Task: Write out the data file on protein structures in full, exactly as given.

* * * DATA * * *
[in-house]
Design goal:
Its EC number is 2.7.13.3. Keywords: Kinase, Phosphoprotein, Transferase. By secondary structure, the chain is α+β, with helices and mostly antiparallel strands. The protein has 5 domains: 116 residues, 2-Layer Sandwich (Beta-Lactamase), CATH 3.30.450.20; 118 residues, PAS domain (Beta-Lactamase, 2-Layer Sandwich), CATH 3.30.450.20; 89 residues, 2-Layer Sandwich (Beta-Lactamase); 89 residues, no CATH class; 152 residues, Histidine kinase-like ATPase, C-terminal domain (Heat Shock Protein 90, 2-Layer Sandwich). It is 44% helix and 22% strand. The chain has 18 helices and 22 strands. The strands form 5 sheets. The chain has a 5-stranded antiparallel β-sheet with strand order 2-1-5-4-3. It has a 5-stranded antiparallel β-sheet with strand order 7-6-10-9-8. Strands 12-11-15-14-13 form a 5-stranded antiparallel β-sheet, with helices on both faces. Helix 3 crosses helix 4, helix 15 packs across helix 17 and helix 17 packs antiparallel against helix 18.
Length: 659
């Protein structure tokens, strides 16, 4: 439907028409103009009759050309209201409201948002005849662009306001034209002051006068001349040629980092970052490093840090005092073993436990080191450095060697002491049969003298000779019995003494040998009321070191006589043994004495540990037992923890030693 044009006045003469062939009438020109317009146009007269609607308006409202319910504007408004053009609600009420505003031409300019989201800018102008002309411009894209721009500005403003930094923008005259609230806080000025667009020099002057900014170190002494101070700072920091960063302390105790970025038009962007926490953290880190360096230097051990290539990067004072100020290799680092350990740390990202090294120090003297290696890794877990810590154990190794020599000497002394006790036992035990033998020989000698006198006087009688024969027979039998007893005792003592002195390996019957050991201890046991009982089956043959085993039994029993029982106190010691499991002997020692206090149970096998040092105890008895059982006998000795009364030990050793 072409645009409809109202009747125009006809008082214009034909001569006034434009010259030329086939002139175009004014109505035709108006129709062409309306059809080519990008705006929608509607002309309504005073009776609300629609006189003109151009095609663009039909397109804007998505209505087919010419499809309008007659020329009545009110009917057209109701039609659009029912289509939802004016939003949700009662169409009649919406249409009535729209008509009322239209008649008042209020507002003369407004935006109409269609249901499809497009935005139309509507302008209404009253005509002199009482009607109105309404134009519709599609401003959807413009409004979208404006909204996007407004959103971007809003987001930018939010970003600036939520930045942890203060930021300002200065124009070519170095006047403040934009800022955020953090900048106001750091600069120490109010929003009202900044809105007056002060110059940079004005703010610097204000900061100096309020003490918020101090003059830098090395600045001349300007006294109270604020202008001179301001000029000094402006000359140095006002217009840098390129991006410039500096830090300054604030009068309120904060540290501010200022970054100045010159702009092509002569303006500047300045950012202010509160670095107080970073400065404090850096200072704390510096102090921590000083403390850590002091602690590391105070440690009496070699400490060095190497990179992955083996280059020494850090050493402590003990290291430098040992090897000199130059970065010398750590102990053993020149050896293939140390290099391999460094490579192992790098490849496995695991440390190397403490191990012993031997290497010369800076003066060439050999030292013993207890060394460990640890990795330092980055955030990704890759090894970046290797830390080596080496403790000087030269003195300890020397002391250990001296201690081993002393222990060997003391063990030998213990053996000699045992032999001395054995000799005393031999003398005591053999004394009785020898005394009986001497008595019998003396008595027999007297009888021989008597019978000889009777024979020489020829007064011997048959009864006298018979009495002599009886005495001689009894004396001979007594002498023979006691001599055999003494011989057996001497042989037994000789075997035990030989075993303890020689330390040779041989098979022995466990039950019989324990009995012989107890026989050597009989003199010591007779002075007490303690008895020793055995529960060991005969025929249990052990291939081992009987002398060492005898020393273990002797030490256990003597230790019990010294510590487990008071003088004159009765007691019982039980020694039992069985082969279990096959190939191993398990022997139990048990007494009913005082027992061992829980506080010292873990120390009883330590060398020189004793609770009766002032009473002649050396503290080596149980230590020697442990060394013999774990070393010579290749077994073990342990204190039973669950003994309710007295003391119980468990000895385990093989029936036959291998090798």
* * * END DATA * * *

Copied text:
[in-house]
Design goal:
Its EC number is 2.7.13.3. Keywords: Kinase, Phosphoprotein, Transferase. By secondary structure, the chain is α+β, with helices and mostly antiparallel strands. The protein has 5 domains: 116 residues, 2-Layer Sandwich (Beta-Lactamase), CATH 3.30.450.20; 118 residues, PAS domain (Beta-Lactamase, 2-Layer Sandwich), CATH 3.30.450.20; 89 residues, 2-Layer Sandwich (Beta-Lactamase); 89 residues, no CATH class; 152 residues, Histidine kinase-like ATPase, C-terminal domain (Heat Shock Protein 90, 2-Layer Sandwich). It is 44% helix and 22% strand. The chain has 18 helices and 22 strands. The strands form 5 sheets. The chain has a 5-stranded antiparallel β-sheet with strand order 2-1-5-4-3. It has a 5-stranded antiparallel β-sheet with strand order 7-6-10-9-8. Strands 12-11-15-14-13 form a 5-stranded antiparallel β-sheet, with helices on both faces. Helix 3 crosses helix 4, helix 15 packs across helix 17 and helix 17 packs antiparallel against helix 18.
Length: 659
């Protein structure tokens, strides 16, 4: 439907028409103009009759050309209201409201948002005849662009306001034209002051006068001349040629980092970052490093840090005092073993436990080191450095060697002491049969003298000779019995003494040998009321070191006589043994004495540990037992923890030693 044009006045003469062939009438020109317009146009007269609607308006409202319910504007408004053009609600009420505003031409300019989201800018102008002309411009894209721009500005403003930094923008005259609230806080000025667009020099002057900014170190002494101070700072920091960063302390105790970025038009962007926490953290880190360096230097051990290539990067004072100020290799680092350990740390990202090294120090003297290696890794877990810590154990190794020599000497002394006790036992035990033998020989000698006198006087009688024969027979039998007893005792003592002195390996019957050991201890046991009982089956043959085993039994029993029982106190010691499991002997020692206090149970096998040092105890008895059982006998000795009364030990050793 072409645009409809109202009747125009006809008082214009034909001569006034434009010259030329086939002139175009004014109505035709108006129709062409309306059809080519990008705006929608509607002309309504005073009776609300629609006189003109151009095609663009039909397109804007998505209505087919010419499809309008007659020329009545009110009917057209109701039609659009029912289509939802004016939003949700009662169409009649919406249409009535729209008509009322239209008649008042209020507002003369407004935006109409269609249901499809497009935005139309509507302008209404009253005509002199009482009607109105309404134009519709599609401003959807413009409004979208404006909204996007407004959103971007809003987001930018939010970003600036939520930045942890203060930021300002200065124009070519170095006047403040934009800022955020953090900048106001750091600069120490109010929003009202900044809105007056002060110059940079004005703010610097204000900061100096309020003490918020101090003059830098090395600045001349300007006294109270604020202008001179301001000029000094402006000359140095006002217009840098390129991006410039500096830090300054604030009068309120904060540290501010200022970054100045010159702009092509002569303006500047300045950012202010509160670095107080970073400065404090850096200072704390510096102090921590000083403390850590002091602690590391105070440690009496070699400490060095190497990179992955083996280059020494850090050493402590003990290291430098040992090897000199130059970065010398750590102990053993020149050896293939140390290099391999460094490579192992790098490849496995695991440390190397403490191990012993031997290497010369800076003066060439050999030292013993207890060394460990640890990795330092980055955030990704890759090894970046290797830390080596080496403790000087030269003195300890020397002391250990001296201690081993002393222990060997003391063990030998213990053996000699045992032999001395054995000799005393031999003398005591053999004394009785020898005394009986001497008595019998003396008595027999007297009888021989008597019978000889009777024979020489020829007064011997048959009864006298018979009495002599009886005495001689009894004396001979007594002498023979006691001599055999003494011989057996001497042989037994000789075997035990030989075993303890020689330390040779041989098979022995466990039950019989324990009995012989107890026989050597009989003199010591007779002075007490303690008895020793055995529960060991005969025929249990052990291939081992009987002398060492005898020393273990002797030490256990003597230790019990010294510590487990008071003088004159009765007691019982039980020694039992069985082969279990096959190939191993398990022997139990048990007494009913005082027992061992829980506080010292873990120390009883330590060398020189004793609770009766002032009473002649050396503290080596149980230590020697442990060394013999774990070393010579290749077994073990342990204190039973669950003994309710007295003391119980468990000895385990093989029936036959291998090798």